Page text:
About half way through this six week festival Dima and I became better acquainted. Playing soccer on the beach, searching for constellations in the night sky and teaching Dima how to dance salsa, I soon figured out that that these activities were better described as excuses to spend time together. I thought it would just be a camp fling. Little did I know we would be very close for the next three years.
I had the pleasure of being with Dima during his exciting (and stressful) years of applying and moving to the states to study. It was a difficult process, full of essays, exams and paperwork, which of course for Dima were irrelevant since he just wanted to play cello. But he was driven and committed and, as you know, found great success here. I also had the privilege of visiting him twice in Russia and meeting his whole family whom I immediately love, especially his father Vadim, mother Natalia and younger brother Evgeny.
During these years I learned many things from Dima as a human being and these are a few I would like to share.
One: How to smile. Dima was always one who wanted to cheer people up. If ever I was wearing a frown I would soon hear from him the phrase: "Masha, why aren't you smiling?" Smiles were a requirement.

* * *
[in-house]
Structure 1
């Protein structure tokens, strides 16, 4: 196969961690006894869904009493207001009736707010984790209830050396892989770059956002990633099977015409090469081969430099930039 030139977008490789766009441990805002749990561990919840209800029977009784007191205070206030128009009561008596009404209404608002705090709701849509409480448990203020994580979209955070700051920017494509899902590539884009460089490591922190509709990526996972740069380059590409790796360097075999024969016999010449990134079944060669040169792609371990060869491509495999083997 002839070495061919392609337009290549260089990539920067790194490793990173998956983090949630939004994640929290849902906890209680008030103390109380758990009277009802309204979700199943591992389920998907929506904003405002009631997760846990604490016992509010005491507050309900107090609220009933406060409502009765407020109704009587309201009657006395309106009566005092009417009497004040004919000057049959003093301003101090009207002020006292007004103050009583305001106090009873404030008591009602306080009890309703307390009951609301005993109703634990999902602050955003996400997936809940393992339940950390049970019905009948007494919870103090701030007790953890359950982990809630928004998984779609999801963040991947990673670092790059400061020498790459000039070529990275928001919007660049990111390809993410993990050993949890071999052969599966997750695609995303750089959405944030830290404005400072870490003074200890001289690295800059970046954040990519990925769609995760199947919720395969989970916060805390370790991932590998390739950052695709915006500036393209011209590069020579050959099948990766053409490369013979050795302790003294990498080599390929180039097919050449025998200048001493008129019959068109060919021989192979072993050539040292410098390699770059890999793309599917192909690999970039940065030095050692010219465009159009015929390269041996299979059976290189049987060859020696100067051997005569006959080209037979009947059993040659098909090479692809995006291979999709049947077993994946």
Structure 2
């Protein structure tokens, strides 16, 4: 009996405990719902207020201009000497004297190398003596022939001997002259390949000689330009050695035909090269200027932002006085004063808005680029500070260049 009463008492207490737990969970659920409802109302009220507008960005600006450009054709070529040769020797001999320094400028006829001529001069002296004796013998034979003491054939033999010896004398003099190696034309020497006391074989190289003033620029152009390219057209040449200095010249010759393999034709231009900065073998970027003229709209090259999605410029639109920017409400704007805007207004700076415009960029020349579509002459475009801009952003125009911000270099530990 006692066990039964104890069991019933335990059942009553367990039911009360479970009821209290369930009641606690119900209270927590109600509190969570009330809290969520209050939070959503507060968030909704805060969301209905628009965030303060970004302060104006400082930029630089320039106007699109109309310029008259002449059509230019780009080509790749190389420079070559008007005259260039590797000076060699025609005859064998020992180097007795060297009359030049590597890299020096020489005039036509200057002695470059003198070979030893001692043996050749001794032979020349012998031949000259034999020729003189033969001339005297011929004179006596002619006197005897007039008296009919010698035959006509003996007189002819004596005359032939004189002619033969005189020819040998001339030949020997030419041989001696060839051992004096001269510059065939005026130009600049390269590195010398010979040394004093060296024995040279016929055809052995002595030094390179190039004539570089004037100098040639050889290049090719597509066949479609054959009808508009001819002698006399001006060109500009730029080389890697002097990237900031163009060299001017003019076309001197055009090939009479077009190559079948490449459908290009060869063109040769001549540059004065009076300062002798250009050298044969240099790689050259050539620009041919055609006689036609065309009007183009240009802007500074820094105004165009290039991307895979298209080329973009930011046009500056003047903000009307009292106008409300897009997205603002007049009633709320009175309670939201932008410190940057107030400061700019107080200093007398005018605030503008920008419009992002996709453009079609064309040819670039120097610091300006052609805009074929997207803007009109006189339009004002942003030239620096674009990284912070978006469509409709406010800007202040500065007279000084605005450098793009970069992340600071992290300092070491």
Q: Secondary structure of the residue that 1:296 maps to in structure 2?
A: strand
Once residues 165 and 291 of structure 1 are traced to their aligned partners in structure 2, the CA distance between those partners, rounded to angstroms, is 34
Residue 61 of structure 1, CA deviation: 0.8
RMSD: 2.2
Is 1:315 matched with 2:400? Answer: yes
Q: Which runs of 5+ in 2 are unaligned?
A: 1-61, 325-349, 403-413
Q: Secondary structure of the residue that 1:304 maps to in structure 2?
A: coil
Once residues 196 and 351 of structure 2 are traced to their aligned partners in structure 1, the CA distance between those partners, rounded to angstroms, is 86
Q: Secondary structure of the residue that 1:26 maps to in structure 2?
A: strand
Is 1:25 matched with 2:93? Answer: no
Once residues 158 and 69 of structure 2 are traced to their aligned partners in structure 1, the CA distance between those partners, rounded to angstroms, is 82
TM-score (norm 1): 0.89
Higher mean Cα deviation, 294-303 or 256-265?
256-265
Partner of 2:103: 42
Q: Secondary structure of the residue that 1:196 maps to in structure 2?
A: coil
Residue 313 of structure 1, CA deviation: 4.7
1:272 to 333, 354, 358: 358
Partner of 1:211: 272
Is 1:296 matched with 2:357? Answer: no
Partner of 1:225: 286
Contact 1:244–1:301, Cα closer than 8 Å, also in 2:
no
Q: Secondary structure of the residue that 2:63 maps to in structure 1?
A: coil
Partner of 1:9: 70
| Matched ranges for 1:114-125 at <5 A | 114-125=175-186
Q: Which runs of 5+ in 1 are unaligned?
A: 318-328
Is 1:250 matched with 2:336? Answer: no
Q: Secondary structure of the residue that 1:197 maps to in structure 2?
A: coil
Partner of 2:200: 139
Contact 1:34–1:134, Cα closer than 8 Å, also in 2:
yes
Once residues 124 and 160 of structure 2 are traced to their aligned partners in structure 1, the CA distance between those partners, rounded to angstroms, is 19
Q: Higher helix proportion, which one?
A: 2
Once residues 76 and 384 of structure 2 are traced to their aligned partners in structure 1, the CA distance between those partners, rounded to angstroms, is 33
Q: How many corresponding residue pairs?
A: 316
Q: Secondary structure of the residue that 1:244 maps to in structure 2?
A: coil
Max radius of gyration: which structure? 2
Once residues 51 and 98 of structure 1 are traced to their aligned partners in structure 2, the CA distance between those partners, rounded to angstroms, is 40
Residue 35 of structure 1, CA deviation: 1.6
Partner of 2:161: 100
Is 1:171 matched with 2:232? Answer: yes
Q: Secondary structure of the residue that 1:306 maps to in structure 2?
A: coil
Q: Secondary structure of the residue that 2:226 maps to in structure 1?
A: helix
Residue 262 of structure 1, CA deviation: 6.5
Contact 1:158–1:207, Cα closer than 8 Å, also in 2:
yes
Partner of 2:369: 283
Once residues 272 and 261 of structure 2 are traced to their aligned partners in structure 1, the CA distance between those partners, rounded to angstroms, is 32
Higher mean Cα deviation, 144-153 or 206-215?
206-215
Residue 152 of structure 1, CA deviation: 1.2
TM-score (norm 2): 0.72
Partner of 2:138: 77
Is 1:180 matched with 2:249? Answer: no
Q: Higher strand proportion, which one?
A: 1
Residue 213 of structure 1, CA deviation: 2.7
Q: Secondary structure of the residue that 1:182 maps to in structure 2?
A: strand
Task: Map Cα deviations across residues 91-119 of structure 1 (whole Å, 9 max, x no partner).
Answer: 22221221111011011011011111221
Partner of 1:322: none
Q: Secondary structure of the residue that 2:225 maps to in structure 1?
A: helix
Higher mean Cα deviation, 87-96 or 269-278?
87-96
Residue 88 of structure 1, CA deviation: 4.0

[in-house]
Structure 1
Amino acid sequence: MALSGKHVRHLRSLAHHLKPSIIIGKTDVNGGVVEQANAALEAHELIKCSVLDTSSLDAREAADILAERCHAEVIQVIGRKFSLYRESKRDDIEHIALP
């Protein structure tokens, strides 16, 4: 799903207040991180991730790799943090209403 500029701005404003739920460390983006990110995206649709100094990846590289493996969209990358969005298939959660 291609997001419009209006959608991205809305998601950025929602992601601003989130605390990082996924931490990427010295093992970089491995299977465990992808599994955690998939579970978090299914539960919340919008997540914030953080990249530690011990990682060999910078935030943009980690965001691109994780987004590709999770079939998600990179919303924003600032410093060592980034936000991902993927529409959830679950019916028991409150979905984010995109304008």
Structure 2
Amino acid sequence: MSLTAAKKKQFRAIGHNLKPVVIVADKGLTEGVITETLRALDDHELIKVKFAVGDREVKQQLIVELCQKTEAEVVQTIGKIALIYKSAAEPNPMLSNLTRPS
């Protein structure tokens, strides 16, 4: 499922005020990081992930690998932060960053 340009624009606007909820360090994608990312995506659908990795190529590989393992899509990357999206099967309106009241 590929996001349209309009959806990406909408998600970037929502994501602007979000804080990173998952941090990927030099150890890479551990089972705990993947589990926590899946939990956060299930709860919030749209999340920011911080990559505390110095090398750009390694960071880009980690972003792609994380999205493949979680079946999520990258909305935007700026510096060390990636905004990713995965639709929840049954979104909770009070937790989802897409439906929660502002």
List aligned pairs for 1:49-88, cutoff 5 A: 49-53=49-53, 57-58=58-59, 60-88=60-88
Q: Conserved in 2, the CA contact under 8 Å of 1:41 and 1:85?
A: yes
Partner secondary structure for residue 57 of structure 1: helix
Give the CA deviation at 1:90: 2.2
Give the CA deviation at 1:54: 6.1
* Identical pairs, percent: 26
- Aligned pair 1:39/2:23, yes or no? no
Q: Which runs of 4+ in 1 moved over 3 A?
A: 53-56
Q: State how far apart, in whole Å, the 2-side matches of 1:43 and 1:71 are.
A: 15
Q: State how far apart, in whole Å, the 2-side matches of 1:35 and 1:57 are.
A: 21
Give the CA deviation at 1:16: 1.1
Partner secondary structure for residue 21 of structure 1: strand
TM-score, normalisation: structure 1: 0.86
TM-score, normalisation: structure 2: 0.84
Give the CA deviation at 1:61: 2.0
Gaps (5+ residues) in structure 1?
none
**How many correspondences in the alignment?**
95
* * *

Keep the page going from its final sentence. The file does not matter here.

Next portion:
Two: How to laugh. Dima was a serious musician but also an incredible humorist. Not only was he constantly making jokes in conversation or acting silly, he had a way of infusing his music with laughter (when appropriate) through the most dramatic pauses, spontaneous cadenzas and ridiculous amounts of rubato.
Three: How to love. In addition to his incredible passion for music, Dima knew how to love. I don't say this just because of how he loved me, but rather how he loved his family. Dima showed me through example what it means to care for, support and love family, the people in our lives who can and will love us forever. I admire so much how he always took the time and made the effort to stay connected with them, constantly putting family first even while he was so busy and far away. A few weeks ago, his mother said to me "Dima worked too hard." to which I agreed and could reply "only because he loved too much." Dima followed his dreams because he loved music and he loved his family who supported him. He worked hard to use his talent so that he could give back as much as he could along the way.
Though Dima and I were distant friends for the last couple of years, I always will respect, admire and miss him. His physical heart may have failed him, but his spirit was a shining light which has and will continue to inspire us all. My only consolation is found in the hope that we may smile, and laugh and love in his tradition.
My first love, my first lost. Forever loved, never forgotten."